*then again, the debates that would ensue here in that case would surely make me a persona non grata for good on this thread.. ;-)
0 Replies
 
FreeDuck
 
  1  
Reply Fri 4 Jan, 2008 07:51 am
Am I the only one who thinks that Huckabee isn't all that bad? I've seen him on Mill Maher and he actually has some pretty good ideas and a few things going for him. I'm glad he won. Can't wait to see what New Hampshire brings us. I think both nominations will come down to the wire.

From where I sit now, if the Democrats nominate either Obama or Edwards, and the Republicans nominate either McCain or Huckabee, I might have a truly tough choice to make in November, and not for the usual reason -- that they both suck.
0 Replies
 
FreeDuck
 
  1  
Reply Fri 4 Jan, 2008 07:59 am
nimh wrote:

Well, he wont drop out for a long while still, for sure.. But unless my pipe dream of the contest becoming Obama vs Edwards comes true*, his chances of winning are done with now, yes. It's an unfair world.


*then again, the debates that would ensue here in that case would surely make me a persona non grata for good on this thread.. ;-)


Clearly I'm no political analyst, but I see your dream as a distinct possibility. The southern states are yet to come.

I'm thinking Hillary is going to have a tough row to hoe if she wants to stay in the race. Her loss dents one of the only things she really had going for her, and that's the perception that she was unbeatable. Bill came back in 1992, but he was more of an outsider then. So I'm going to say that if anyone is done, it's her. (May just be wishful thinking on my part)
0 Replies
 
nimh
 
  1  
Reply Fri 4 Jan, 2008 08:02 am
Butrflynet wrote:
Quote:
"I am so ready for the rest of this campaign, and I am so ready to lead," said Clinton, sounding upbeat and confident

before a crowded room of supporters in Des Moines. [..]

"I am so proud to have run with such exceptional candidates," Clinton said, congratulating Obama

So ready, so ready, so proud. The lady doth protests too much.. ;-)
0 Replies
 
sozobe
 
  1  
Reply Fri 4 Jan, 2008 08:02 am
Huckabee has a few good ideas and a few really really wack-job ideas.

Plus there's the whole thing of not knowing about the NIE, then lying about whether he was "ambushed." (In fact the NIE -- about Iran and nukes -- came out at something like 9:00 AM one morning, and he was asked about it sometime the next day, after more than a full day of intense coverage. He claimed that he was asked the same day.)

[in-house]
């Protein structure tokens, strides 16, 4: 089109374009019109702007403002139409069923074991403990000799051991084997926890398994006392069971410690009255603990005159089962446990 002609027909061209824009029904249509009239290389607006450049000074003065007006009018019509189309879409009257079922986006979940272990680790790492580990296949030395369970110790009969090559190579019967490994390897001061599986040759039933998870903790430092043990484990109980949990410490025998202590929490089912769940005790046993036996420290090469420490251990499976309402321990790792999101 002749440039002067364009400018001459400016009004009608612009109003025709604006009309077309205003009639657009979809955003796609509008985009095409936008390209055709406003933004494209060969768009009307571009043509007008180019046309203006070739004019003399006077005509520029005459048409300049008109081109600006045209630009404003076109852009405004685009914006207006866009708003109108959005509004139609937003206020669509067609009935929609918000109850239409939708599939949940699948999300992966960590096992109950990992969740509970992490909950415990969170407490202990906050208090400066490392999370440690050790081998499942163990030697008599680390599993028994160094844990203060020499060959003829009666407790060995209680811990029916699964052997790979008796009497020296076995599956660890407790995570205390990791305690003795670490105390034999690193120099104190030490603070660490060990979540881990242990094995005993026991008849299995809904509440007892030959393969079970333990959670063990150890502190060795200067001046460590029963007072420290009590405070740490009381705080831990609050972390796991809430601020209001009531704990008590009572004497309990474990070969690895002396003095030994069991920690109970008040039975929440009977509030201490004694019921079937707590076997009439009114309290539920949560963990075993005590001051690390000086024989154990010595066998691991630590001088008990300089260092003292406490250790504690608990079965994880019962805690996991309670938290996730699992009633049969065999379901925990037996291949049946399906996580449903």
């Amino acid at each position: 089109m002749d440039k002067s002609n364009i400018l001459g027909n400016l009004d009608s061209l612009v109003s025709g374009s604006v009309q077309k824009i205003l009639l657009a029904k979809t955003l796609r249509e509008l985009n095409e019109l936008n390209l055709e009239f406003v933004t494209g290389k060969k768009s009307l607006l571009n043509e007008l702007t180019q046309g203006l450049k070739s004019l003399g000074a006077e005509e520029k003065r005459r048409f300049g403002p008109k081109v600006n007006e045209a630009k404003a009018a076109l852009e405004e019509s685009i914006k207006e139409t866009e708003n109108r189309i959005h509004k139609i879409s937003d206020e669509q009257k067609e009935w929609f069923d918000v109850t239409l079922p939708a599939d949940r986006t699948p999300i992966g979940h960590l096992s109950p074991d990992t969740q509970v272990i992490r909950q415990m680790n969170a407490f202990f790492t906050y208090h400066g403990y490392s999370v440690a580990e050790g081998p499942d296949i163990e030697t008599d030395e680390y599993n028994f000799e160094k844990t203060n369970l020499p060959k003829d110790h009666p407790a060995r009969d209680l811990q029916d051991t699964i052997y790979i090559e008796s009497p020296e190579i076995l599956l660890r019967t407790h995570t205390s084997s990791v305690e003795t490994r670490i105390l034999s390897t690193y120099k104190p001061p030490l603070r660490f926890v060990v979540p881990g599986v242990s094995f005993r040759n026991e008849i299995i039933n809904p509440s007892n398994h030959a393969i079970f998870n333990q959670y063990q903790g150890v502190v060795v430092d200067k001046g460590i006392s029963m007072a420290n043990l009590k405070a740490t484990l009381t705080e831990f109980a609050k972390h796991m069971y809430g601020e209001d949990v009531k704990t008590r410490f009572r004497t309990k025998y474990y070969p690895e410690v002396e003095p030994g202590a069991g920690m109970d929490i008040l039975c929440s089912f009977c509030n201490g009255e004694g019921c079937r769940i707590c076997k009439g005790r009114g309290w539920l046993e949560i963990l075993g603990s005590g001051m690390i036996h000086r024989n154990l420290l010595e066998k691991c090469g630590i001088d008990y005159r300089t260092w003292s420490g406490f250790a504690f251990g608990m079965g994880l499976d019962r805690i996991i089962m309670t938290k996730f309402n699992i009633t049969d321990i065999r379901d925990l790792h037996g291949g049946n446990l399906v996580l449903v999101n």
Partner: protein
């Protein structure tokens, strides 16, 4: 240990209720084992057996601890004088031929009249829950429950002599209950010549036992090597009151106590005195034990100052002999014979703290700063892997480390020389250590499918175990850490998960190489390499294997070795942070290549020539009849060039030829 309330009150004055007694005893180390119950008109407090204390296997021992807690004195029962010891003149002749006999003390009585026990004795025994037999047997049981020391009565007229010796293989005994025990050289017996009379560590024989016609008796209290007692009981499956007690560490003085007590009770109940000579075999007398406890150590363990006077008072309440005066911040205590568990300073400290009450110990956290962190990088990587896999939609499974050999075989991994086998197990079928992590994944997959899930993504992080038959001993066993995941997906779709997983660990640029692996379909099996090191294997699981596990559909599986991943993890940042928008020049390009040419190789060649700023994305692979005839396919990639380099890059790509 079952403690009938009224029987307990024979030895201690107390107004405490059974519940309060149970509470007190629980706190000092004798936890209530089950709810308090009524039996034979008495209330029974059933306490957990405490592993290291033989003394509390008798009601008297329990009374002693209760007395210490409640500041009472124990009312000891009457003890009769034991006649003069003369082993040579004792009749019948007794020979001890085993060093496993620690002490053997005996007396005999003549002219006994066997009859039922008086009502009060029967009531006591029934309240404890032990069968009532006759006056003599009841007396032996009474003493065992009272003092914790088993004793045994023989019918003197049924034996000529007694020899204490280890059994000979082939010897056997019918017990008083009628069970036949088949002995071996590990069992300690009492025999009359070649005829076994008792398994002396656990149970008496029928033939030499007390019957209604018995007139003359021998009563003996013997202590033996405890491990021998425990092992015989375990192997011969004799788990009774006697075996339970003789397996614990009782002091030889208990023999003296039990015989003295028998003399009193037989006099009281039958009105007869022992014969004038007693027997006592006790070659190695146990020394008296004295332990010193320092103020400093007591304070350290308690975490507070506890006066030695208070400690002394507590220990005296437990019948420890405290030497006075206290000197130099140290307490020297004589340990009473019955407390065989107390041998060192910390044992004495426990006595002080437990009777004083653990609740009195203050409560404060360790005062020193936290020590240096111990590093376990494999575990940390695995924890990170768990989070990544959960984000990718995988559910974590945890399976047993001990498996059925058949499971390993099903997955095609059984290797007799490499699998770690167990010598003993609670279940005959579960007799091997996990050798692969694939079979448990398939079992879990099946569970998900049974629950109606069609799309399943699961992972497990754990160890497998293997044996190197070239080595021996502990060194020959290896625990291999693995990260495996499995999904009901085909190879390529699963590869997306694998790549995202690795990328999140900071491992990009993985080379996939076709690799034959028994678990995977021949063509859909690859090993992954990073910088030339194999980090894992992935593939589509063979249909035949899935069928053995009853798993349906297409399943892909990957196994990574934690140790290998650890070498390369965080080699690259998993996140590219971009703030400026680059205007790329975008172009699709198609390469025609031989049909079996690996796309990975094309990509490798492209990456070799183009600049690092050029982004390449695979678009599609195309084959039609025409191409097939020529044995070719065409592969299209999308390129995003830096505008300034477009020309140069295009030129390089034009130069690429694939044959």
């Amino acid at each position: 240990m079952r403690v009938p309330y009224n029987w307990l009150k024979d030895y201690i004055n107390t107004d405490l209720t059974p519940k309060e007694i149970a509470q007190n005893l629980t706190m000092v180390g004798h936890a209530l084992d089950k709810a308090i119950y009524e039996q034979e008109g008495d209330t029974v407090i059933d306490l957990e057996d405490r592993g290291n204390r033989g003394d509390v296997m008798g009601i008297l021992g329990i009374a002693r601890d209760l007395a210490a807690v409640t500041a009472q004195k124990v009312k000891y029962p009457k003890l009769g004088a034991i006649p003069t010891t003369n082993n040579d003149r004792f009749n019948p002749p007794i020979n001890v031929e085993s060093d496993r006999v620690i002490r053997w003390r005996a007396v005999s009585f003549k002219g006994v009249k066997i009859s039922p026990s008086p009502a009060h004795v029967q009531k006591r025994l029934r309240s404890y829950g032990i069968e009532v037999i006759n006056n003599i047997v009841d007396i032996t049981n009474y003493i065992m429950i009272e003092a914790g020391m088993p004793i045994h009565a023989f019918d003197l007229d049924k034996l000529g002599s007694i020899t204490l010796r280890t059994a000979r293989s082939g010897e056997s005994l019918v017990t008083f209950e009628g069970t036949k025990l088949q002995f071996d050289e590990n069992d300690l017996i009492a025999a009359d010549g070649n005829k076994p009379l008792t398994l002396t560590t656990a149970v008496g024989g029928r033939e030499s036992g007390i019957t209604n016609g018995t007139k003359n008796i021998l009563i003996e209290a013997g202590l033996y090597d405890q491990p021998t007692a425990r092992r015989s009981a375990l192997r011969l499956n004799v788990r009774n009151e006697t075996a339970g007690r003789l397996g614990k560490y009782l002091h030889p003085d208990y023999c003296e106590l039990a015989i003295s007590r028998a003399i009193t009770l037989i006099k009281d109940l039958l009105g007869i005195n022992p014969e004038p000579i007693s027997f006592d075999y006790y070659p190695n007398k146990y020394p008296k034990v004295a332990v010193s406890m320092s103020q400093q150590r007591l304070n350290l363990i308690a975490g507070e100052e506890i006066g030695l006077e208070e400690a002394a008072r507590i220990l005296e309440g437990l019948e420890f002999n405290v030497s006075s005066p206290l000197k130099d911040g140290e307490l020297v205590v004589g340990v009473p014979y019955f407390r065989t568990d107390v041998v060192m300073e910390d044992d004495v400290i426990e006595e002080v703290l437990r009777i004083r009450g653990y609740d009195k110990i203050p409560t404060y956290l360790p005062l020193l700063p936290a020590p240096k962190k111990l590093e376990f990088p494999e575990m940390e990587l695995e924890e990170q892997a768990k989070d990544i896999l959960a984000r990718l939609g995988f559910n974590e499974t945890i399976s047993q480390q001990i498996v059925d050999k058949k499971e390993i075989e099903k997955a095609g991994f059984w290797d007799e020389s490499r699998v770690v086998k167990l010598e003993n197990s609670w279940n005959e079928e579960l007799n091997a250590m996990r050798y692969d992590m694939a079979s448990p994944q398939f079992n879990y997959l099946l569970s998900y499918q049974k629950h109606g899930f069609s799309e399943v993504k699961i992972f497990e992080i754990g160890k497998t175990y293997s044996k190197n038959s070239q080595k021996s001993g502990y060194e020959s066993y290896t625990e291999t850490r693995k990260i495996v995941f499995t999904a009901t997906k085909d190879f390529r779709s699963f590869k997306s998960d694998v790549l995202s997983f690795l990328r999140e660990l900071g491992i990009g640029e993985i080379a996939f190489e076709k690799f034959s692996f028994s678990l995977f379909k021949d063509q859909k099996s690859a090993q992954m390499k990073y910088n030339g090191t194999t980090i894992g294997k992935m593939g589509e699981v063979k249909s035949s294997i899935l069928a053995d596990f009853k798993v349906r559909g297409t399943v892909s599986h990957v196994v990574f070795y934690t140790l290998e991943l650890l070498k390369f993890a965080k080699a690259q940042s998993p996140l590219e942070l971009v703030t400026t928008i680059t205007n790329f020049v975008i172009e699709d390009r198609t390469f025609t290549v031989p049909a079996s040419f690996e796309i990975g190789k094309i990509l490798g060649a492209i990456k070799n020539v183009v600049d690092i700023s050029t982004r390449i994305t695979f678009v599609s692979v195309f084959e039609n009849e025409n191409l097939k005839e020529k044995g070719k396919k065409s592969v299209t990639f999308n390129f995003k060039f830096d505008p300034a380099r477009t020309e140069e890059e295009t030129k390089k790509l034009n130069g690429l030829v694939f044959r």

Lots and lots of stuff like that. I can't see him lasting but currently I'd like to see him be the Republican opponent.



So last night I turned off the computer, then we talked a bit, then we finished getting ready for bed, and I just had to bound back and turn on the TV to see if Obama had given his speech yet. Huckabee was giving his (in front of scary Chuck Norris and scary, overly-emotive blonde) and there were "Obama will be giving his speech shortly" teasers and I figured if we had already stayed up this late, would another 5 minutes really hurt anything? Of course it took a while, but we all finally saw the speech, which I thought was really, really good. Happy but calm, presidential, and inspiring. Sozlet was really affected by the whole thing.

Finally got to bed at 11:30 -- figured that we just did this instead of New Year's Eve.



Spare thought when I saw the final results -- wouldn't it be amazing if our next election isn't one of those hanging-chad squeakers? If the next president doesn't just win but WINS with a really resounding majority?
0 Replies
 
Brand X
 
  1  
Reply Fri 4 Jan, 2008 08:05 am
I'm with FD's thoughts except I think Huck is all that bad.

Lately he's been gaffe central and he isn't very sharp...not to mention his underlying holy crap.
0 Replies
 
nimh
 
  1  
Reply Fri 4 Jan, 2008 08:06 am
FreeDuck wrote:
Clearly I'm no political analyst, but I see your dream as a distinct possibility. The southern states are yet to come.

Perhaps surprisingly, Hillary doesnt look badly positioned at all in the southern states.. better than Obama, actually (perhaps because of race?). It's more likely in the Midwest and Northwest that Obama has all the advantage. I dont know that either offers Edwards the chance to squeeze in between after all - tho I sure appreciate the hopeful note! Smile
0 Replies
 
sozobe
 
  1  
Reply Fri 4 Jan, 2008 08:09 am
I expect Iowa to really impact those numbers though. Again and again, I've seen black people say that they'd love to vote for Obama but just don't think he can win. He can win.
0 Replies
 
blatham
 
  1  
Reply Fri 4 Jan, 2008 08:10 am
sozobe wrote:
Huckabee has a few good ideas and a few really really wack-job ideas.